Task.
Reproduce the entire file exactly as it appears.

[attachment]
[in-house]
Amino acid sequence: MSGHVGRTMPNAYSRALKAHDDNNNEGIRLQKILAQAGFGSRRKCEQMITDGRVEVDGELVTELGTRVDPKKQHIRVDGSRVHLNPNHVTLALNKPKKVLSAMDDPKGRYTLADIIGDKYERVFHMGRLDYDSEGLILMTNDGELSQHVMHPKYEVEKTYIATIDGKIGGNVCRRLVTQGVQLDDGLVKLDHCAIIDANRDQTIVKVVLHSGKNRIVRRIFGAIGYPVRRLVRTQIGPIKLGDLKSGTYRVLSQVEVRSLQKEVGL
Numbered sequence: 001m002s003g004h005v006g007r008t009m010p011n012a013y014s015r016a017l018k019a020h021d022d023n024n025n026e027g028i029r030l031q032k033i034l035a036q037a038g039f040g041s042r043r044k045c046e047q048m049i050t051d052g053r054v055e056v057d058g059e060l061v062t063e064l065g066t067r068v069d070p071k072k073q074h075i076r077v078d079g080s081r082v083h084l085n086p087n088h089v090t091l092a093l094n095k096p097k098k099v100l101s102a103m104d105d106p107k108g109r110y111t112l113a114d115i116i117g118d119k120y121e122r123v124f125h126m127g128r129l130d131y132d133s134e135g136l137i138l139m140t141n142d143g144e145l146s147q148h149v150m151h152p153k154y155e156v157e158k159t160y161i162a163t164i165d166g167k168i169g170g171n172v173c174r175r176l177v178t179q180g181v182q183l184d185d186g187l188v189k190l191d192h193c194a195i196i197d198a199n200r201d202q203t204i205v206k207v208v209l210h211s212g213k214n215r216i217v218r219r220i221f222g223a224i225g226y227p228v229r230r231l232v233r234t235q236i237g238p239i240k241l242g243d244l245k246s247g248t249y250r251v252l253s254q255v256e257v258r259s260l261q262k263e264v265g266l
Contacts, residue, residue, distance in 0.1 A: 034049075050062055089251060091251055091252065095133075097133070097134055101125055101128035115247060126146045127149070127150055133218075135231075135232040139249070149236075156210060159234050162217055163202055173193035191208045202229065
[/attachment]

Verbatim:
[in-house]
Amino acid sequence: MSGHVGRTMPNAYSRALKAHDDNNNEGIRLQKILAQAGFGSRRKCEQMITDGRVEVDGELVTELGTRVDPKKQHIRVDGSRVHLNPNHVTLALNKPKKVLSAMDDPKGRYTLADIIGDKYERVFHMGRLDYDSEGLILMTNDGELSQHVMHPKYEVEKTYIATIDGKIGGNVCRRLVTQGVQLDDGLVKLDHCAIIDANRDQTIVKVVLHSGKNRIVRRIFGAIGYPVRRLVRTQIGPIKLGDLKSGTYRVLSQVEVRSLQKEVGL
Numbered sequence: 001m002s003g004h005v006g007r008t009m010p011n012a013y014s015r016a017l018k019a020h021d022d023n024n025n026e027g028i029r030l031q032k033i034l035a036q037a038g039f040g041s042r043r044k045c046e047q048m049i050t051d052g053r054v055e056v057d058g059e060l061v062t063e064l065g066t067r068v069d070p071k072k073q074h075i076r077v078d079g080s081r082v083h084l085n086p087n088h089v090t091l092a093l094n095k096p097k098k099v100l101s102a103m104d105d106p107k108g109r110y111t112l113a114d115i116i117g118d119k120y121e122r123v124f125h126m127g128r129l130d131y132d133s134e135g136l137i138l139m140t141n142d143g144e145l146s147q148h149v150m151h152p153k154y155e156v157e158k159t160y161i162a163t164i165d166g167k168i169g170g171n172v173c174r175r176l177v178t179q180g181v182q183l184d185d186g187l188v189k190l191d192h193c194a195i196i197d198a199n200r201d202q203t204i205v206k207v208v209l210h211s212g213k214n215r216i217v218r219r220i221f222g223a224i225g226y227p228v229r230r231l232v233r234t235q236i237g238p239i240k241l242g243d244l245k246s247g248t249y250r251v252l253s254q255v256e257v258r259s260l261q262k263e264v265g266l
Contacts, residue, residue, distance in 0.1 A: 034049075050062055089251060091251055091252065095133075097133070097134055101125055101128035115247060126146045127149070127150055133218075135231075135232040139249070149236075156210060159234050162217055163202055173193035191208045202229065